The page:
When I read up a little on building science, I learned that heat gain in houses like mine and in my area occurs primarily through the roof, so that should be my starting point. Back in the day, my house probably had brown wooden shingles, some type of can vents and louvered soffit vents (in addition to the gable vents). Wooden shingles donít absorb as much heat as asphalt and 'breathe' more than asphalt to allow better heat escape. Asphalt is much less expensive and perfectly fine, provided the rest of the roof system is functioning. I found that my few-and-far-between soffit vents were partially covered over with vinyl siding, which prevented cool air flow into the attic and hot air out the ridge vents. The roof is 7 years young, thanks to Hurricane Katrina, so Iím lucky there is a roof at all and completely understand the oversight in light of the probably crushing workload of the roofers during that time. To address the ventilation problem, I:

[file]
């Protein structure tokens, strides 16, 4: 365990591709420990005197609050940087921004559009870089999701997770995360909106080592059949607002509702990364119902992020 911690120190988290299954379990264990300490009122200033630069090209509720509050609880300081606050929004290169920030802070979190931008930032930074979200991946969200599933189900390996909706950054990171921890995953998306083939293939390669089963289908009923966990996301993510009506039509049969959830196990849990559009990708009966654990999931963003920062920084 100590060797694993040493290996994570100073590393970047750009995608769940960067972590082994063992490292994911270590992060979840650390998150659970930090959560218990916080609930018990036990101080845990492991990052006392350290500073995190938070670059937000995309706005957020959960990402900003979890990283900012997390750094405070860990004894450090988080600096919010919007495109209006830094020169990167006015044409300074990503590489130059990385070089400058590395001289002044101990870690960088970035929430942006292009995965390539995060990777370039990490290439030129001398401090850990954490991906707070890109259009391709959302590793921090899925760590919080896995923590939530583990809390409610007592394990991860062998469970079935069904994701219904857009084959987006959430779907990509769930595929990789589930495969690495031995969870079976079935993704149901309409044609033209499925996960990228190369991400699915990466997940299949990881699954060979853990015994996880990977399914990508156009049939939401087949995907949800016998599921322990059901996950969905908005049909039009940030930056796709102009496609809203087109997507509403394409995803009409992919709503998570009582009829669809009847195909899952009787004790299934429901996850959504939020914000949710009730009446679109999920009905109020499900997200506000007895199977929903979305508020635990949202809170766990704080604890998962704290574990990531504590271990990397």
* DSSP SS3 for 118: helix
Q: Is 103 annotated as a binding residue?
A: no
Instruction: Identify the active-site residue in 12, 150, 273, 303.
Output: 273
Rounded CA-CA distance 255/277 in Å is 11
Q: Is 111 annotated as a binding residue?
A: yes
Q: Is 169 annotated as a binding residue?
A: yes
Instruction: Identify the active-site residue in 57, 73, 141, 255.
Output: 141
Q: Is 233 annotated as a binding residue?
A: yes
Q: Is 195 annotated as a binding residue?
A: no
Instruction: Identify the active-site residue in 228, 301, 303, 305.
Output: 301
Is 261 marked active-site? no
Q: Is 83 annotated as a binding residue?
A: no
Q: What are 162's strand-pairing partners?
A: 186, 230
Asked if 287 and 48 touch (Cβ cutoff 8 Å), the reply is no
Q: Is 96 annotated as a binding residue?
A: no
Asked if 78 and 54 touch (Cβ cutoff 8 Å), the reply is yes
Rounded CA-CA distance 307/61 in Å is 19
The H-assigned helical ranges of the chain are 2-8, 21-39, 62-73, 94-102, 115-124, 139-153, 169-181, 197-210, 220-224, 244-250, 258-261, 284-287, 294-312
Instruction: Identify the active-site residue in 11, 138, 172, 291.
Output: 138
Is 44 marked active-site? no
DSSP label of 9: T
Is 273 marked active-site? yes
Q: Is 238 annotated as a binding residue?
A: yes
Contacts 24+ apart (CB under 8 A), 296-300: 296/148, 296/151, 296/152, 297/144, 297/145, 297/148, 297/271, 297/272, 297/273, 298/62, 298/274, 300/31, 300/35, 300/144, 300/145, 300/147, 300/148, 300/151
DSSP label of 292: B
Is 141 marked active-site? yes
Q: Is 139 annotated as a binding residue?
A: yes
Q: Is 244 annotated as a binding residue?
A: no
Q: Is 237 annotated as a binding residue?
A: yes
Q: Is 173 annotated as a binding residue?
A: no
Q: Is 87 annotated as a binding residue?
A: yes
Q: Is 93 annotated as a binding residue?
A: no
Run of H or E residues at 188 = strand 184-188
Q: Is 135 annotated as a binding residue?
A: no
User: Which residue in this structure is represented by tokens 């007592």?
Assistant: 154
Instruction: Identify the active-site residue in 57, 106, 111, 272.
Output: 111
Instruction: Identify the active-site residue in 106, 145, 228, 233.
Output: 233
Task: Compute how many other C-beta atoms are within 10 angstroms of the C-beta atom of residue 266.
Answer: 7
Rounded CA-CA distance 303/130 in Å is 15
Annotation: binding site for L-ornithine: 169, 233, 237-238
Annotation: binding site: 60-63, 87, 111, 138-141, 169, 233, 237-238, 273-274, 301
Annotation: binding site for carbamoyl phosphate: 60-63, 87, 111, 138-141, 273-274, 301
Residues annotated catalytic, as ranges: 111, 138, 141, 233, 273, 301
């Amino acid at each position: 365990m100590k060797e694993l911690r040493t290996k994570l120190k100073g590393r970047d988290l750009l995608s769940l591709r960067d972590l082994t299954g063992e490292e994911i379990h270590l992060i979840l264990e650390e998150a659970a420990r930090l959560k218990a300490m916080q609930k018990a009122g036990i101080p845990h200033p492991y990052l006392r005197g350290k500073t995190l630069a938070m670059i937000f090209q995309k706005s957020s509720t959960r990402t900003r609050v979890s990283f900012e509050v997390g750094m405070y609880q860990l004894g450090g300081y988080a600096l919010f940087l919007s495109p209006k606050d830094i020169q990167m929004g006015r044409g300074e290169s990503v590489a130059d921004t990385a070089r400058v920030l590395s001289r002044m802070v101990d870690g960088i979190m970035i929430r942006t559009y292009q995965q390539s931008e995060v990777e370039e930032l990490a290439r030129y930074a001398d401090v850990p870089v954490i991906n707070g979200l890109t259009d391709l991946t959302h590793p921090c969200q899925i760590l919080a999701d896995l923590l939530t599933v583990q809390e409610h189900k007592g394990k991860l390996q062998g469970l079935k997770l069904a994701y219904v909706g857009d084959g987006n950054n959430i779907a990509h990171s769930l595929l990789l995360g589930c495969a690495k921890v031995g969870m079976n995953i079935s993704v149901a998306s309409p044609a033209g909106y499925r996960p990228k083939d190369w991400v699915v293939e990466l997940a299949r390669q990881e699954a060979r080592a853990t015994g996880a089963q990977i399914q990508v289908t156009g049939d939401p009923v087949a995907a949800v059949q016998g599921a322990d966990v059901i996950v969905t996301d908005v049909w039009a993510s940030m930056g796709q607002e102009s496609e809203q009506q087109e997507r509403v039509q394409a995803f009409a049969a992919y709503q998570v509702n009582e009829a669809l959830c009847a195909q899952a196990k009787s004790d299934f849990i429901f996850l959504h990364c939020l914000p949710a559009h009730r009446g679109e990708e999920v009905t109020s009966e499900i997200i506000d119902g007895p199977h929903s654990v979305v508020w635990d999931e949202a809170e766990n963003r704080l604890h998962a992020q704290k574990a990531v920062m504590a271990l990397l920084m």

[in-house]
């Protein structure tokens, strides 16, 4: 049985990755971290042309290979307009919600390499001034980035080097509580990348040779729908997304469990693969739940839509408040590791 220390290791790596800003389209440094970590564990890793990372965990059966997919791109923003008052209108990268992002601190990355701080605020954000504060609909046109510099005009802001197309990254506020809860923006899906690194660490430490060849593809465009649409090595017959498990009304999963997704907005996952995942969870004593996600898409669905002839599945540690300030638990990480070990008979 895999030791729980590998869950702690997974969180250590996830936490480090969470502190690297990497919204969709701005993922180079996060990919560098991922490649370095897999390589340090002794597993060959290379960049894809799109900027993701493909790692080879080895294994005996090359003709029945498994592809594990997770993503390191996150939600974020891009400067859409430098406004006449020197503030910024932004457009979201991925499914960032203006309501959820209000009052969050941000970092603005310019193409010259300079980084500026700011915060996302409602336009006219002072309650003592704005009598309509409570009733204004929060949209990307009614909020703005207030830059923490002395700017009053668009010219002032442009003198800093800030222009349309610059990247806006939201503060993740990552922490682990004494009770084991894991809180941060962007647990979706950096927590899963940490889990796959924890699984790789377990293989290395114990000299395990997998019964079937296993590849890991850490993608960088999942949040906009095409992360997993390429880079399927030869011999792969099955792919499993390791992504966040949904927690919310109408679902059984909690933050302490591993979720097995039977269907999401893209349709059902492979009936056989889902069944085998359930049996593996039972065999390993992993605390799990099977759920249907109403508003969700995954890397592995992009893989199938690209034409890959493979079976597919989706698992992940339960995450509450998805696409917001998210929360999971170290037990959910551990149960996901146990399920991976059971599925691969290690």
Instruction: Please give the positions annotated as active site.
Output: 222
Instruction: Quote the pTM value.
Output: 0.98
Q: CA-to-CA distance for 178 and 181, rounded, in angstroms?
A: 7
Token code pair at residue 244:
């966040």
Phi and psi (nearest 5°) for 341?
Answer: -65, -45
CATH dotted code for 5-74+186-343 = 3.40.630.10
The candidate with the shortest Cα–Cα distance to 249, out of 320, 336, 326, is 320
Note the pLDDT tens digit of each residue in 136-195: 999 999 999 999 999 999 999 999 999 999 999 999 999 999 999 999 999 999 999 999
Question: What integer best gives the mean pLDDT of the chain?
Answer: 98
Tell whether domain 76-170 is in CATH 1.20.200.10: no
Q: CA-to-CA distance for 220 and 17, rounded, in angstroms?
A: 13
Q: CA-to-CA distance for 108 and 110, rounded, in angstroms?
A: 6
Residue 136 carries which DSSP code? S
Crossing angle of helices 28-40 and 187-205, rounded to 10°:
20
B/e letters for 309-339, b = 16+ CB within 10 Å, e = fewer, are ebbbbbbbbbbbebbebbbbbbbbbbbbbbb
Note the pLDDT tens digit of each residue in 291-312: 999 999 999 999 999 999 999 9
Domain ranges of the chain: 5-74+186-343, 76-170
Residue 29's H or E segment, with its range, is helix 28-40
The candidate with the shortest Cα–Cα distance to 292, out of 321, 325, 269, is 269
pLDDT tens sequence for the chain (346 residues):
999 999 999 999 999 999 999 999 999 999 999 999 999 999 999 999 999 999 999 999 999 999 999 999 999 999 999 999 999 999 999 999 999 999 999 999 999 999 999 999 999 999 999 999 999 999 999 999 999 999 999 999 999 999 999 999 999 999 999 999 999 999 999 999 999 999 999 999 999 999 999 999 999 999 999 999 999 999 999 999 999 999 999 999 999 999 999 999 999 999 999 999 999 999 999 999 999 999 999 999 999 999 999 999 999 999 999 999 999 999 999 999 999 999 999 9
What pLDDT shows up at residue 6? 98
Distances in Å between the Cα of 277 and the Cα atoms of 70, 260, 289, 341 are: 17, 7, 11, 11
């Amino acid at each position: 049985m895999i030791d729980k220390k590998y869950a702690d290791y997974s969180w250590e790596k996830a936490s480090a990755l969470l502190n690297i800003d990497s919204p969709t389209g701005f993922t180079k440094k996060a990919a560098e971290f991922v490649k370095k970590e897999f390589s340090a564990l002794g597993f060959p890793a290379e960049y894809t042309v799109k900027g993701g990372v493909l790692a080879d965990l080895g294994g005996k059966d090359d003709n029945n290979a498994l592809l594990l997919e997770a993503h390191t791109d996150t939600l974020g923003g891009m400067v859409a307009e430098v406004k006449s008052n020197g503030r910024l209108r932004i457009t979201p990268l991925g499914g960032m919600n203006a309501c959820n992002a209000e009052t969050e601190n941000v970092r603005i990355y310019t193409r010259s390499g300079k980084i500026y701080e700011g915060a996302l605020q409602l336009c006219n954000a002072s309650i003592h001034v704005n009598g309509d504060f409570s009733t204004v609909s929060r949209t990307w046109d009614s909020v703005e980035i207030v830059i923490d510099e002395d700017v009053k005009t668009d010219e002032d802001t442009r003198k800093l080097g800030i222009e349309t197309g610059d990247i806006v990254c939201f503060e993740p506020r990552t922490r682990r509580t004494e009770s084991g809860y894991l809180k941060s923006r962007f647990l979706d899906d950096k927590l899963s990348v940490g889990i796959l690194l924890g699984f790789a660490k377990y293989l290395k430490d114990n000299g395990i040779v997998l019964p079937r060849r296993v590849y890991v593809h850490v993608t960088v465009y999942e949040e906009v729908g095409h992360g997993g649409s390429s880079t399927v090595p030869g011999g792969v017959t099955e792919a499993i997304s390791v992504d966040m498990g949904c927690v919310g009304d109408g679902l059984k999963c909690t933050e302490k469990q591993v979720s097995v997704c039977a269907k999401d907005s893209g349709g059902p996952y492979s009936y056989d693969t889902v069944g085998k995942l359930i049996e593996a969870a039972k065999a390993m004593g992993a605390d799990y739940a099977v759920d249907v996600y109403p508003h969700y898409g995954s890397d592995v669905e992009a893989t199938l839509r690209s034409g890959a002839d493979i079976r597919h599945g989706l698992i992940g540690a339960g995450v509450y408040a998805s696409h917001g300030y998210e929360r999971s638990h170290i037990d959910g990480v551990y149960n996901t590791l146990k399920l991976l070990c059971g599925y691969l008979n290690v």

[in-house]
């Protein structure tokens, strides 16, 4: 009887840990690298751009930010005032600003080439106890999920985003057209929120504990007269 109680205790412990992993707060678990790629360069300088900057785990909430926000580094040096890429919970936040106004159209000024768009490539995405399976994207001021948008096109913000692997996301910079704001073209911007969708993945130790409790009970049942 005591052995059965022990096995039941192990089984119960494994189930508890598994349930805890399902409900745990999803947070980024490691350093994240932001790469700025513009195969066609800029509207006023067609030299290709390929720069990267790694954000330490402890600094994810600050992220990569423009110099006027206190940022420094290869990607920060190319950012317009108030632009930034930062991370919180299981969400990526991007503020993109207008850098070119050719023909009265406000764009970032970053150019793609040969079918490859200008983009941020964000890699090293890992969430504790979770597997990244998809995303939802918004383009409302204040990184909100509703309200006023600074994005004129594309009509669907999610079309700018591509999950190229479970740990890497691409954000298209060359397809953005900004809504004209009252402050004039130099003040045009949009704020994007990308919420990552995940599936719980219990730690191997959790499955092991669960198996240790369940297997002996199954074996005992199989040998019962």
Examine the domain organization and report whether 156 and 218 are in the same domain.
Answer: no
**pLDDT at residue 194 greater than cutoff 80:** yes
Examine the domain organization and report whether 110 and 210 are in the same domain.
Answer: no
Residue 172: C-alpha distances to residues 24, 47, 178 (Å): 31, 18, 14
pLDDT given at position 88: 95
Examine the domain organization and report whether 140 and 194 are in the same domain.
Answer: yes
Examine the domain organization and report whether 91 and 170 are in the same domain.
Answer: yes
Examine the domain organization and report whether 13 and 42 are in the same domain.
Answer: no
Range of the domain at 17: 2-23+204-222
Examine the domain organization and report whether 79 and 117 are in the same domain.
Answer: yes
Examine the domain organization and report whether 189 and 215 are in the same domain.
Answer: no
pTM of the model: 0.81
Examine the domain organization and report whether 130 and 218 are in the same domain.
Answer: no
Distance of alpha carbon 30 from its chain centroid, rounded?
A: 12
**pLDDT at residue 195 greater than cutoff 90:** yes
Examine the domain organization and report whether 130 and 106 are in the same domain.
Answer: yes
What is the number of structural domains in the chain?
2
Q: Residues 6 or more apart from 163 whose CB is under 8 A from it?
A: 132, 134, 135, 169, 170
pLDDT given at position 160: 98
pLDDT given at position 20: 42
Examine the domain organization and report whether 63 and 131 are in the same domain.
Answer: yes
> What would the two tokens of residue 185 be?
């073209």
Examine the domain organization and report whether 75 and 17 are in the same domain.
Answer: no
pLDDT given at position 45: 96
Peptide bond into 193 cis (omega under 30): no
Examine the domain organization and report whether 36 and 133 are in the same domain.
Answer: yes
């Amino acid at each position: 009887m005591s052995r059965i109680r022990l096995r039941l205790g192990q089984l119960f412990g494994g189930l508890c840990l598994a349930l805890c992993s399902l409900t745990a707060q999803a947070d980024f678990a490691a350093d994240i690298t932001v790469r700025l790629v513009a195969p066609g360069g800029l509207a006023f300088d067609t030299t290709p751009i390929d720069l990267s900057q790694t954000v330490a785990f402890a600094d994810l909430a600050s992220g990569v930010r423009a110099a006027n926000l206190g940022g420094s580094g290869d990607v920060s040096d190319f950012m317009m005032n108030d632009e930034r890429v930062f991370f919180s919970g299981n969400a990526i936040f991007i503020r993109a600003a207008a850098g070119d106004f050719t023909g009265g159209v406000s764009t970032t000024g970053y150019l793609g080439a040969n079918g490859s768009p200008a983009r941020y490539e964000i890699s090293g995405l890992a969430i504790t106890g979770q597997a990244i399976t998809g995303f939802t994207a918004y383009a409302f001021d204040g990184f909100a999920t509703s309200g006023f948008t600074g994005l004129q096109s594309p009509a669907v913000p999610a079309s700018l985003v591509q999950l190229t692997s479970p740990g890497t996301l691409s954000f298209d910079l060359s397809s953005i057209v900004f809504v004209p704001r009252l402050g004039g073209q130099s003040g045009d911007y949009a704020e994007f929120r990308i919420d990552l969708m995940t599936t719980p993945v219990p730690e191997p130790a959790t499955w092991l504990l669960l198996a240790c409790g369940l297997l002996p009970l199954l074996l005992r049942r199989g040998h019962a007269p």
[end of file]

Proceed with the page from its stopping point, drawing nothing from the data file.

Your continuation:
- Expanded the soffit vents (more or less continuous) and replaced all the solid vinyl pieces with perforated ones. In the attic, I installed soffit baffles to ensure airflow (~ $300 for soffit pieces, staples and a saw)

- Installed a thermostatically-controlled powered attic vent (not too powerful, otherwise it would depressurize the house below and draw up air conditioned air). I decided against solar powered, since they shut off in the late afternoon/evening, just when you want to replace the superheated air with cooler outside air (~ $110)